For many Malaysians, working in Singapore might be the dream due to the city-state's close proximity with home – and the pay cheque that comes at the end of every month in Singapore dollars.
Living in Singapore and grappling with the cost of living there, however, is another story.
For those working in the island republic, living in Johor and commuting across the causeway for work each day has become the logical solution.
Speaking to MalaysiaNow, economist Yeah Kim Leng described this as a sensible strategy.
Yeah, of Sunway University, said earning Singapore dollars and spending in ringgit would maximise savings and bring about profit for such individuals.
"Spending in ringgit is like spending a third of the Singapore dollar," he said.
"When you've worked in Singapore for a year, it's as though you've worked for three years in Malaysia."
As of Aug 19, one Singapore dollar was equivalent to RM3.23.
Referring to the exchange rate, Yeah said those who earn S$4,000 would be categorised as T20 in Malaysia as this would amount to just over RM12,900.
But Shahruddin Hael Helmy Mohd Noh, who works as a sales consultant in Singapore and has lived there for nine years, said even though the value of Singapore's currency is higher than that of Malaysia, most locals prefer to live in Johor and make the trip across the border due to the difference in cost of living.
He said those who work in Singapore but earn less than S$2,000 – still a lot of money if converted to ringgit – would struggle in the city-state.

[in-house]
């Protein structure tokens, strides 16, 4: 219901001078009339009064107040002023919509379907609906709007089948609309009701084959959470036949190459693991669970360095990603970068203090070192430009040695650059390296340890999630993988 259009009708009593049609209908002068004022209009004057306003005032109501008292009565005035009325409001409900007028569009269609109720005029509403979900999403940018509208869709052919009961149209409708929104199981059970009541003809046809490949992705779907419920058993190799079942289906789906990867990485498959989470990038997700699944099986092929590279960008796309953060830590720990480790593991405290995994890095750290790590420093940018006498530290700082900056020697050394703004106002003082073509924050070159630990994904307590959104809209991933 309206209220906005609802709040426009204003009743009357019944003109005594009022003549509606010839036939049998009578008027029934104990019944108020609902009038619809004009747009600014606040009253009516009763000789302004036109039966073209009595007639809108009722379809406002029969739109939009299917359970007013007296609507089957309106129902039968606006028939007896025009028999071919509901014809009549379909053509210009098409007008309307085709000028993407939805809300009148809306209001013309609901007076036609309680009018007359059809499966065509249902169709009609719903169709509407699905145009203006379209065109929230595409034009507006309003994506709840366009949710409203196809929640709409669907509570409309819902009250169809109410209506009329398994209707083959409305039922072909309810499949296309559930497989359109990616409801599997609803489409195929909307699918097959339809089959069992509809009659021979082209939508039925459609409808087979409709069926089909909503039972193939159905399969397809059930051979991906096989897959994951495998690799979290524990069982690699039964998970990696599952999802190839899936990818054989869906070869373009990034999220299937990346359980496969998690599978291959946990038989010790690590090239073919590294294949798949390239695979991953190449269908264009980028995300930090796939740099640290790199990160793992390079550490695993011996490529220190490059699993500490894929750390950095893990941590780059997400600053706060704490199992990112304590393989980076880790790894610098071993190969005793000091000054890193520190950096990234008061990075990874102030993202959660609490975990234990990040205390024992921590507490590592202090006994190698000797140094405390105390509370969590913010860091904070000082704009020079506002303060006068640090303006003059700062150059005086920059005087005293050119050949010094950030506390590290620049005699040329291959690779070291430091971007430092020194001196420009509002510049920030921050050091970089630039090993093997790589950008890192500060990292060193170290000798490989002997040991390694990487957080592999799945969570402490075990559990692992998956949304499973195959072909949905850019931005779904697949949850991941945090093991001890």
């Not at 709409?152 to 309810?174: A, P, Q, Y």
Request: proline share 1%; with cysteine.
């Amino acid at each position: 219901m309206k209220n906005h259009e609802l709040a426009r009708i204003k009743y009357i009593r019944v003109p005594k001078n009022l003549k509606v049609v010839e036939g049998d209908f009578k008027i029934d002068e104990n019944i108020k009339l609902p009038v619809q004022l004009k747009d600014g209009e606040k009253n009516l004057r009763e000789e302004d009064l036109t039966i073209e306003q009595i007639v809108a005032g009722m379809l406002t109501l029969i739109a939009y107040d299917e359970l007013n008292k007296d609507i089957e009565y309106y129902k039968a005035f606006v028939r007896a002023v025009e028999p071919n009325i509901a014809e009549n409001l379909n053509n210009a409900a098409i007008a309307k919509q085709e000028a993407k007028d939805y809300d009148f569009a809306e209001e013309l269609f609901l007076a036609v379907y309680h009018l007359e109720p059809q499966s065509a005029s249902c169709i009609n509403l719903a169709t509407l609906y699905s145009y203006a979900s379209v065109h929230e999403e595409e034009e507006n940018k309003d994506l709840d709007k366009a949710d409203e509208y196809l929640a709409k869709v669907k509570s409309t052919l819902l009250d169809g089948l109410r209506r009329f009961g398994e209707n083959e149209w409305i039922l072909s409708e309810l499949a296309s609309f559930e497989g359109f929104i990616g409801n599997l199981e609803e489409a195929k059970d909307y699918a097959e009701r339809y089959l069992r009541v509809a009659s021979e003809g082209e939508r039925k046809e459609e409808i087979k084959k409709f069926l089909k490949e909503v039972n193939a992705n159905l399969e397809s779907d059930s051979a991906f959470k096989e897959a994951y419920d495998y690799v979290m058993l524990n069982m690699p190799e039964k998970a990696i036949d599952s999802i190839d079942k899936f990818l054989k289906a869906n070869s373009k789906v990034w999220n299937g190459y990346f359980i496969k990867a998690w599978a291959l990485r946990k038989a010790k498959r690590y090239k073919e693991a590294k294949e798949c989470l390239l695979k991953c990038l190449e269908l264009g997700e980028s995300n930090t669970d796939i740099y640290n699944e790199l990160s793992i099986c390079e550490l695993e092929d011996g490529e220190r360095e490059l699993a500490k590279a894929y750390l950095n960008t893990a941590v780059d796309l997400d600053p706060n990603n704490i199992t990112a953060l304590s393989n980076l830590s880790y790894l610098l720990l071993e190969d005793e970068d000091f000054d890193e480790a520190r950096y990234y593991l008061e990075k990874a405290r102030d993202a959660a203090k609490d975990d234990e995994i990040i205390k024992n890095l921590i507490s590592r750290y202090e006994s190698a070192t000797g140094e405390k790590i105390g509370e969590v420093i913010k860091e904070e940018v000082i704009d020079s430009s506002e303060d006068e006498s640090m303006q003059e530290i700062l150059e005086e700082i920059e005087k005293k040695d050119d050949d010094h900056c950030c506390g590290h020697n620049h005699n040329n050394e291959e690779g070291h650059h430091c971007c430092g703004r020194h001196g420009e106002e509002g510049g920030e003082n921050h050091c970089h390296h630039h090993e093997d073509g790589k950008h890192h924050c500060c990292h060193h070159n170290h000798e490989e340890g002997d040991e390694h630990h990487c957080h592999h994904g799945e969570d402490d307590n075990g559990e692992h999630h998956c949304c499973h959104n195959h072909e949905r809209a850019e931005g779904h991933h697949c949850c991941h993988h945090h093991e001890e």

"Monthly rental for an apartment in Singapore is about S$800 or RM2,580," he said.
"With this amount of money, I could rent a terrace house or even a bungalow if I lived in Malaysia."
Shahruddin, who was formerly part of the police force, said living in Malaysia also makes owning a car easier, and involves lower medical expenses especially for locals due to the various government initiatives.
In Singapore, he said, most people who own a vehicle are either from the high-income bracket or working in the e-hailing industry.
"Road tax and fuel prices in Singapore are also very high," he said.
"Coupled with the policy of disposing of vehicles that are older than 10 years, it is very difficult for those in the low-income group to own a car.
"In Malaysia, if you earn RM4,000 or even RM3,000 a month, you can still buy a house or a car."
But for Mohd Faiz Mustaffa, an engineer who has worked in Singapore since 2007, there are rarely many complaints about the high fuel prices or the inability to own a car as the city-state has excellent public transportation facilities.
"The price controls for goods are also good," he said.
"I very rarely hear complaints about a sudden increase in the price of goods unless it involves the price of oil."
Even the price of food in Singapore is not too far off from that of Malaysia, he said.
Yeah said many who work in Singapore are driven by the offer of high salaries and increments that better match the rise in cost of living than those in Malaysia.
He said the clearest indicator of the financial pressure on Malaysians was the massive amount of retirement savings withdrawn over the course of the pandemic.
On Aug 8, Deputy Finance Minister I Mohd Shahar Abdullah told the Dewan Negara that RM155 billion had been withdrawn from the Employees Provident Fund.
As of June 30, 6.62 million contributors or 52% of the EPF's 12.78 million members under the age of 55 had savings of less than RM10,000.
Of these, 4.99 million contributors or 75% were from the Bumiputera community.
"Now, even those in the M40 group don't have emergency savings or savings for retirement," Yeah said.
"Just look at how much has been withdrawn from the EPF – it's very worrying.
"This is an indicator that salaries have not been rising quickly enough for 50% of the population."